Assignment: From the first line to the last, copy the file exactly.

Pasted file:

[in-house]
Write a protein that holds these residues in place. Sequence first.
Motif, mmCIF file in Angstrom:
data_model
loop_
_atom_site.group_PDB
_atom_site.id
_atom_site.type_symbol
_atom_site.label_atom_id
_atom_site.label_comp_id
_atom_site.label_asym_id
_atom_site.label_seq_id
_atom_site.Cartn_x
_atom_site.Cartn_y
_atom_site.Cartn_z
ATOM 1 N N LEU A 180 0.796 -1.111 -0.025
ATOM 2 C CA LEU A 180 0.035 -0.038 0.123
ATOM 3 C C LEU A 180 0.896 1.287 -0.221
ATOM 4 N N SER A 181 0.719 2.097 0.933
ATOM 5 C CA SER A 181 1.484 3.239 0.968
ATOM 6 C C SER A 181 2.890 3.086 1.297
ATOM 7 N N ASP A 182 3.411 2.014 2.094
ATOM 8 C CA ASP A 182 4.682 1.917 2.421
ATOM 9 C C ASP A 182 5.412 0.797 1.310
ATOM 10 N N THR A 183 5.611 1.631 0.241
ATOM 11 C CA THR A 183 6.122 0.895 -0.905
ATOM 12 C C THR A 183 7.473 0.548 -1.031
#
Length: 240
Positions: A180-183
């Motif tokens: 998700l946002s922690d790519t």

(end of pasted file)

[in-house]
Write a protein that holds these residues in place. Sequence first.
Motif, mmCIF file in Angstrom:
data_model
loop_
_atom_site.group_PDB
_atom_site.id
_atom_site.type_symbol
_atom_site.label_atom_id
_atom_site.label_comp_id
_atom_site.label_asym_id
_atom_site.label_seq_id
_atom_site.Cartn_x
_atom_site.Cartn_y
_atom_site.Cartn_z
ATOM 1 N N LEU A 180 0.796 -1.111 -0.025
ATOM 2 C CA LEU A 180 0.035 -0.038 0.123
ATOM 3 C C LEU A 180 0.896 1.287 -0.221
ATOM 4 N N SER A 181 0.719 2.097 0.933
ATOM 5 C CA SER A 181 1.484 3.239 0.968
ATOM 6 C C SER A 181 2.890 3.086 1.297
ATOM 7 N N ASP A 182 3.411 2.014 2.094
ATOM 8 C CA ASP A 182 4.682 1.917 2.421
ATOM 9 C C ASP A 182 5.412 0.797 1.310
ATOM 10 N N THR A 183 5.611 1.631 0.241
ATOM 11 C CA THR A 183 6.122 0.895 -0.905
ATOM 12 C C THR A 183 7.473 0.548 -1.031
#
Length: 240
Positions: A180-183
């Motif tokens: 998700l946002s922690d790519t």